It is widely recognized that Americans are poorly informed about global financial and economic issues, but what about when it comes to a key pillar of their own personal financial management: online investing?
A new study by InvestingNerd finds Americans have alarming financial illiteracy when it comes to the basics of online investing--a key skill in managing one's finances. The InvestingNerd survey polled more than 800 American adults and find that, when it comes to the basics of investment management, most scored poorly on a series of questions highlighting these key weaknesses in investing knowledge:
1. Know the basic concepts of investing. First and foremost, almost none of respondents knew what an online brokerage account was--or how to select the best online brokerage for their needs. Only one in five Americans could correctly identify that a brokerage account is the type of account needed to trade stocks online. Others guessed checking or savings accounts, money market accounts, CDs or said they did not know.
Additionally, most people surveyed do not know how to get started investing online, or they fear they do not have the confidence to do a good job of it. Many cited a lack of money as the reason they do not get started, but more than a quarter were worried they would lose money or said they had no idea how to get started investing.
2. Shop around for the best price. Although fully half of those surveyed said low prices and fees mattered the most to them in opening a new brokerage account, only 1 in 10 said they actually compared costs. Many selected their account based on a recommendation from a friend or company reputation/advertisement instead. Others had been handed down accounts they had not taken the time to research and then shift their money if necessary.
As NerdWallet pointed out recently, picking the best brokerage account for each investor's unique needs matters because they could be wasting money by paying fees for services they don't even want or need. Moreover, a recent InvestingNerd study found more 17 million investors collectively throw away a staggering $1.8 billion a year on unnecessary investing fees.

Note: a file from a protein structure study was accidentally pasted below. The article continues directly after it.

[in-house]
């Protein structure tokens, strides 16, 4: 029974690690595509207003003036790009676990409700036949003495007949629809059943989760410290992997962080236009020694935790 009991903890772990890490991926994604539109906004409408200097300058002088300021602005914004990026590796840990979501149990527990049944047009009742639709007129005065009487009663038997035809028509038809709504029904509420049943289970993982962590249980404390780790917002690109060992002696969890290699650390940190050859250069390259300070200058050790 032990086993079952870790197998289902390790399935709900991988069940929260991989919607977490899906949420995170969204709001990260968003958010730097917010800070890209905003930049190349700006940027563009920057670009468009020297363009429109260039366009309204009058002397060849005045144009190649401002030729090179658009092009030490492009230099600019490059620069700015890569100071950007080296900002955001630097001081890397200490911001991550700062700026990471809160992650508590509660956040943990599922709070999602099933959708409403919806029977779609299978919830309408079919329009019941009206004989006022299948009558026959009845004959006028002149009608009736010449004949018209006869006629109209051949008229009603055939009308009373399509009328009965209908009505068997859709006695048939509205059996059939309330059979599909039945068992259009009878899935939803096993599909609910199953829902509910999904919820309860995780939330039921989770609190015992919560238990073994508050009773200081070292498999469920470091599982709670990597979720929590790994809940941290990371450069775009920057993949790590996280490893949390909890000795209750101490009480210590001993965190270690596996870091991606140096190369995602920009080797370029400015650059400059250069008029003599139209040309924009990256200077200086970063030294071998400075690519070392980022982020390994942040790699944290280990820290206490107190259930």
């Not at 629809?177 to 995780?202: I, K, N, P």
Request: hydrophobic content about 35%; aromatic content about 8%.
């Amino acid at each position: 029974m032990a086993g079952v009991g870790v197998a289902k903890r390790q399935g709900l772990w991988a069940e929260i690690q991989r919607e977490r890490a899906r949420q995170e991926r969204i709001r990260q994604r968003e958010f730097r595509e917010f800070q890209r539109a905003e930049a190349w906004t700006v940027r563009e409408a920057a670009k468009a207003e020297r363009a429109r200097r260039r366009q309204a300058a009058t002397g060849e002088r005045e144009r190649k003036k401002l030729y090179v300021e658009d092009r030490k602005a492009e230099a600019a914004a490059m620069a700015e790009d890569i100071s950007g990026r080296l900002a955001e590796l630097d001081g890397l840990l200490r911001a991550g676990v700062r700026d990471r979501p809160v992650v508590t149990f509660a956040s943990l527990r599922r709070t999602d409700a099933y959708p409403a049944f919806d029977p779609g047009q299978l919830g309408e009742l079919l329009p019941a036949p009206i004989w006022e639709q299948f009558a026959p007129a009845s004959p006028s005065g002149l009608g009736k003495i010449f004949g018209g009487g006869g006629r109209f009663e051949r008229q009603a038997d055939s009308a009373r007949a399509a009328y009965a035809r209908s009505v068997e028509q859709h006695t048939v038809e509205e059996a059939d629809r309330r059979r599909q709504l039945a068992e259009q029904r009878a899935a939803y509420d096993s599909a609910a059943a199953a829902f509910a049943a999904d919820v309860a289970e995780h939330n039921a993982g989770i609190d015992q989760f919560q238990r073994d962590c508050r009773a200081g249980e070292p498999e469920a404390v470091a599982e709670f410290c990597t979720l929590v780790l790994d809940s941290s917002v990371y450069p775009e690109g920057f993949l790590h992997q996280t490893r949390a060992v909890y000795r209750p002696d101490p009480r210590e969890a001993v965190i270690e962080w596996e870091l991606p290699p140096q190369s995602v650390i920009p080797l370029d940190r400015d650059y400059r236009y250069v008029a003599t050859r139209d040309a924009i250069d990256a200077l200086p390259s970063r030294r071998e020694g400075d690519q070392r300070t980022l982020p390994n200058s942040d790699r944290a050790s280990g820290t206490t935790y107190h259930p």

3. Learn your 401(k) plan fees. Unfortunately, many Americans have little or no knowledge of the total fees they pay. In fact, the survey found 9 in 10 Americans underestimated the 401(k) fees the average household will pay over a lifetime by several thousand dollars. The real average totals more than $150,000 per household, according to a recent study by Demos.
If you're new to the realm of managing your investments online, consider these tips:
-- Know what types of asset classes you want to trade
-- Decide your minimum initial investment
-- Figure out what you want to budget as your total trading costs using NerdWallet's free brokerage comparison tool
-- Rule out features you don't want to use and make sure you aren't paying extra for them
-- Sign up for an account and get started, making sure to take advantage of any introductory promotional offers.
Although Americans scored poorly when it comes to basic investing knowledge, taking these easy steps upfront can make them a smarter investor.
Susan Lyon is a senior strategy analyst for InvestingNerd, a financial literacy website dedicated to empowering consumers to make better financial decisions in investing and money management.